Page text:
What I have learned after examining VR video games is that they are not enhanced by AR/VR in a meaningful way.
I believe that interactive systems are highly functional when they use their input systems to effectively communicate information and allow users to interact with that information in a natural, intuitive way.
Looking at all of the games I have played in VR, the only ones that have made we want to come back for a second go are the multiplayer games. In fact, the first VR project I made was a multiplayer game.
When you play a multiplayer game, another human is sending you information and communicating with you in a way that makes you engaged and interested. The difference between a VR multiplayer game and a regular multiplayer game is that you get access to a deeper amount of information about the player on the other side than you could with just a computer, and this information is entirely to do with their BODY and HUMAN PRESENCE.
After reading books like Charisma Myth and People Skills, it becomes very clear that human communication is about much more than just the words you say, but rather the posture you maintain, the hand gestures you make, the pauses in your speech, the eye contact you transmit. VR/AR has the potential to capture all of these expressions and represent them in virtual space, and this is the true advantage of VR/AR over regular computers.
A single player game will not be superior in VR than on a screen, because no game will ever be able to be designed to interpret the minutiae of human expression and use it in a system of deep game mechanics. Only a human or AI can interpret this sort of information in a useful way, games only require simple binary inputs on behalf of the user because they are essentially static systems whose depth is not built on deep input but rather on shallow input being processed in a variety of contexts. This is not to say that single player games are not fun experiences in VR, it is to say that they are not evolved or more game-like.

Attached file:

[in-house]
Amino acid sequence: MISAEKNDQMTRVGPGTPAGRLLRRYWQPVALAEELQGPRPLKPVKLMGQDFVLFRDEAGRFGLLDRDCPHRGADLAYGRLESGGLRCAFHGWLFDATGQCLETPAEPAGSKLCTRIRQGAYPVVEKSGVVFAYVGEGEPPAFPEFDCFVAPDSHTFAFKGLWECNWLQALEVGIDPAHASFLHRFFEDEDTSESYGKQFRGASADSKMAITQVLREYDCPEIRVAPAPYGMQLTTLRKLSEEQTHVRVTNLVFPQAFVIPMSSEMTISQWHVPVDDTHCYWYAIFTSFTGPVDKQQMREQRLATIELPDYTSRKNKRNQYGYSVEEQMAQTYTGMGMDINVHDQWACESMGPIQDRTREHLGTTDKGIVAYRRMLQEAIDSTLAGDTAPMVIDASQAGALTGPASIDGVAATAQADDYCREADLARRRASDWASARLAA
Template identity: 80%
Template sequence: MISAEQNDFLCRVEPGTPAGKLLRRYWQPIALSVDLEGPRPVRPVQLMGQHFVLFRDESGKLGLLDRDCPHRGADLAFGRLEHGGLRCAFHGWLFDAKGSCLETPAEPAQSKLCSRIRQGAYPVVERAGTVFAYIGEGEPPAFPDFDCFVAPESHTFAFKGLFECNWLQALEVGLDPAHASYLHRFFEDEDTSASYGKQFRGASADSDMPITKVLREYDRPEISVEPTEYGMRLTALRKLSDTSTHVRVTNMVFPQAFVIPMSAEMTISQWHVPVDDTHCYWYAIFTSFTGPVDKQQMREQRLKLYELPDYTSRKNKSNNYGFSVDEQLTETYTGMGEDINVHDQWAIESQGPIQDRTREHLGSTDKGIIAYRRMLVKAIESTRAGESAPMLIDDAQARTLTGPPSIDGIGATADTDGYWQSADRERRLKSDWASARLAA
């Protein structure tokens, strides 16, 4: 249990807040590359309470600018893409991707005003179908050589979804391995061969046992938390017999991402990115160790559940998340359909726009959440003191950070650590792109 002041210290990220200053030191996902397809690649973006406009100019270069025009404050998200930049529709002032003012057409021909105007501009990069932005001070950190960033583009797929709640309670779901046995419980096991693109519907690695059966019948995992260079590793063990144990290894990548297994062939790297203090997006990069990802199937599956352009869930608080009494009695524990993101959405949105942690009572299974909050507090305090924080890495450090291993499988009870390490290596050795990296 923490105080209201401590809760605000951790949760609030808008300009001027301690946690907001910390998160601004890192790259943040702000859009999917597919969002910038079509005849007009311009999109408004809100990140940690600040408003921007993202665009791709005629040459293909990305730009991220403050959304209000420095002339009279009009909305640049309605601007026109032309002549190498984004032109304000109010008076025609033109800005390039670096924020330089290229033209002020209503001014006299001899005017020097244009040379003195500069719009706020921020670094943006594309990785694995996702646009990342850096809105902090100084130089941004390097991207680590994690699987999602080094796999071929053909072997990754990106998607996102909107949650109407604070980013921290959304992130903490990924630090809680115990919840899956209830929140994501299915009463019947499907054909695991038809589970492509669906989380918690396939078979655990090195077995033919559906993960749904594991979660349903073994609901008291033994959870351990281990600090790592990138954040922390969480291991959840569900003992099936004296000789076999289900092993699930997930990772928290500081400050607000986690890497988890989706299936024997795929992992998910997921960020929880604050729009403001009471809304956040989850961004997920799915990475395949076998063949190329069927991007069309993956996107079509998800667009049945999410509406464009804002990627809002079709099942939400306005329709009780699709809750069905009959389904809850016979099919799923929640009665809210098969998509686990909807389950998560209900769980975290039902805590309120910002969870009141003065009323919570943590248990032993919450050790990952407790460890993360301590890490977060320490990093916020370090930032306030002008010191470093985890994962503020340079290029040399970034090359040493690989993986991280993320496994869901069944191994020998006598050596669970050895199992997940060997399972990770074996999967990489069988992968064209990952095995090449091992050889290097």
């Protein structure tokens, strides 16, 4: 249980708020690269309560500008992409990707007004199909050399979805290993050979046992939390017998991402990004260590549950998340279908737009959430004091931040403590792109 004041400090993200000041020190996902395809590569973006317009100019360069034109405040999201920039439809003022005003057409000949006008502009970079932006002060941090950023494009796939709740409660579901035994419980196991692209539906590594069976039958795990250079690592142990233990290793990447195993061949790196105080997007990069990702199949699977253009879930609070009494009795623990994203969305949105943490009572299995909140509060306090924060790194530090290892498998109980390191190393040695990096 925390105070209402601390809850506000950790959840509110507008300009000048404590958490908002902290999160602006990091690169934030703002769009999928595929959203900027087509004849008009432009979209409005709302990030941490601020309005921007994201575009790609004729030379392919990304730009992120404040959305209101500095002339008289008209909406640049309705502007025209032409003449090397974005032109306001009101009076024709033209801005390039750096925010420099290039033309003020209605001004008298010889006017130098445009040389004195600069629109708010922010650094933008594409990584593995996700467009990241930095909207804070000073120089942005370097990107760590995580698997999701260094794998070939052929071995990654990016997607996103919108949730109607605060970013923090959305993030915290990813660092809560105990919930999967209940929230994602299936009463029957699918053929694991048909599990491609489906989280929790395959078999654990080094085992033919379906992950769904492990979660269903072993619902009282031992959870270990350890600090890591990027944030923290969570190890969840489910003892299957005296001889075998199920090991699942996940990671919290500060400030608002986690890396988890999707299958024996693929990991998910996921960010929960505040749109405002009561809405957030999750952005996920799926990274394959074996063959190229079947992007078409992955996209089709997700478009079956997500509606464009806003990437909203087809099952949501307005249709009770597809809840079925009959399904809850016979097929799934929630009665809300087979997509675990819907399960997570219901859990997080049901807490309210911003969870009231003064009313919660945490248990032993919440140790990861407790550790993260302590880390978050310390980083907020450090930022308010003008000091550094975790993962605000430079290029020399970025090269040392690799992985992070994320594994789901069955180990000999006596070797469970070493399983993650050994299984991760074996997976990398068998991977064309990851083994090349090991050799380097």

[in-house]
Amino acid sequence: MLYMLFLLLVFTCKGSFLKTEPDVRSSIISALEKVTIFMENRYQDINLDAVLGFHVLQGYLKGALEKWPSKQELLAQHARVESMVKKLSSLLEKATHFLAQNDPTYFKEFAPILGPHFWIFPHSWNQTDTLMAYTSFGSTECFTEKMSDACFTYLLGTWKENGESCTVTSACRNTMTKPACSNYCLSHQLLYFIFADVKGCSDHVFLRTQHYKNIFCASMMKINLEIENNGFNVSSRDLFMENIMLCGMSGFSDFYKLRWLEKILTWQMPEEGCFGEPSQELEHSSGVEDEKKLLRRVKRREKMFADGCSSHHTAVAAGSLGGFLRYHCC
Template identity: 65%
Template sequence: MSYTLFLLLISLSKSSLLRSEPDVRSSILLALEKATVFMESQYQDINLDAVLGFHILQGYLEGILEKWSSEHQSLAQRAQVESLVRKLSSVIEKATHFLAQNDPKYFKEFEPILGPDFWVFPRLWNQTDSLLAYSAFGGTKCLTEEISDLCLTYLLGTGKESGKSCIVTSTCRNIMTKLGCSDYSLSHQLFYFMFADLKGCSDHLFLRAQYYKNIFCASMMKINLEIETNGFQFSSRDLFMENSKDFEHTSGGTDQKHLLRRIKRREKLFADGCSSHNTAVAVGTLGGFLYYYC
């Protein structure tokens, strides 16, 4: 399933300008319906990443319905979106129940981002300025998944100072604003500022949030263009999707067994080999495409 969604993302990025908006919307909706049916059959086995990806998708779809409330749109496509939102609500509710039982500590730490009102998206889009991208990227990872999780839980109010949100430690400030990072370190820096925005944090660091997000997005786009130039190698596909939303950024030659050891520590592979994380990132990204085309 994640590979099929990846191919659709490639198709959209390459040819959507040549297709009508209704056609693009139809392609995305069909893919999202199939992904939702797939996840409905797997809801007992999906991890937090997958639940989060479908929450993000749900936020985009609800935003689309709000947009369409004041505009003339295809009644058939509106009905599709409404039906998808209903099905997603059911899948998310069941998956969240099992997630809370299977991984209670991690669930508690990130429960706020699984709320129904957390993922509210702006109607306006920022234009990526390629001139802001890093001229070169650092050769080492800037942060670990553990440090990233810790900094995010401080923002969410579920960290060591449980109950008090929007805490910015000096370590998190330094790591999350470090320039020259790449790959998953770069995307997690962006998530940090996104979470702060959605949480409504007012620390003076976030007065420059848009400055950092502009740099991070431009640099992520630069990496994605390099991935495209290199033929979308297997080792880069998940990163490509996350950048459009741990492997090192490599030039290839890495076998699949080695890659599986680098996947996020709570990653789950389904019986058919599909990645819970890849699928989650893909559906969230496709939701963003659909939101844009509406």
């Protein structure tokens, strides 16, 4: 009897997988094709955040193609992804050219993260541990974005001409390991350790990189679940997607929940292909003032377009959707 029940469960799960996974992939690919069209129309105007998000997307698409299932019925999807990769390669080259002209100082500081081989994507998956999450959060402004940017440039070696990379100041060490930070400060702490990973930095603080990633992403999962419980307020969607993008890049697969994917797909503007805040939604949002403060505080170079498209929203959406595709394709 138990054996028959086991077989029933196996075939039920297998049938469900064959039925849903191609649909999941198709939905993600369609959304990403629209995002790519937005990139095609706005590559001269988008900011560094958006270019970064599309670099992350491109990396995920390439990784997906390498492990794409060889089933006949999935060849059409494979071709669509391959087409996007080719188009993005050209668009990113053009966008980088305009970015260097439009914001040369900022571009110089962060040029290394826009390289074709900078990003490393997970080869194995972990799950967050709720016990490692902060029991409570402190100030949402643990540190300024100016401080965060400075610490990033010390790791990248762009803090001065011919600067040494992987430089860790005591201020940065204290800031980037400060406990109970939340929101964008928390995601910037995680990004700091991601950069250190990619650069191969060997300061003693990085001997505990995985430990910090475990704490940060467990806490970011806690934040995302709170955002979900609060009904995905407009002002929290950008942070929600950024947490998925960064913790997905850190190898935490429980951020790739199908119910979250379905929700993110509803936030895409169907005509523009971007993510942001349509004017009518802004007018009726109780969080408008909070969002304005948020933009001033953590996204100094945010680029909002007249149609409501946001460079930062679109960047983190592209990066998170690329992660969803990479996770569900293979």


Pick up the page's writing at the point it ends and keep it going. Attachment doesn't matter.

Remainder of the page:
I believe that the ultimate strength of VR/AR will come from humans coming together in virtual environments and communicating through immersive interactive systems, utilizing the complex input data generated with AR/VR in conjunction with creative and analytical VR tools that can help record and capture the communication between people. This will not only drive the success of remote work and telecommunication, but will also allow for new modes of streamlined, uninhibited human collaboration – two people will be able to draw on a white board at once while overlapping in virtual space. The ability to learn, collaborate, and instruct from remote spaces will see a major improvement and the distance between individuals will impede their work life communication and collaboration less than ever before.
I will be expanding on this topic with much greater detail in an upcoming video presentation, please stay tuned.
Book Recommendation: “Kafka on the Shore” by Haruki Murakami, for anyone interested in Japanese history, surrealism, madness, and what is perhaps one of Murakami’s best works.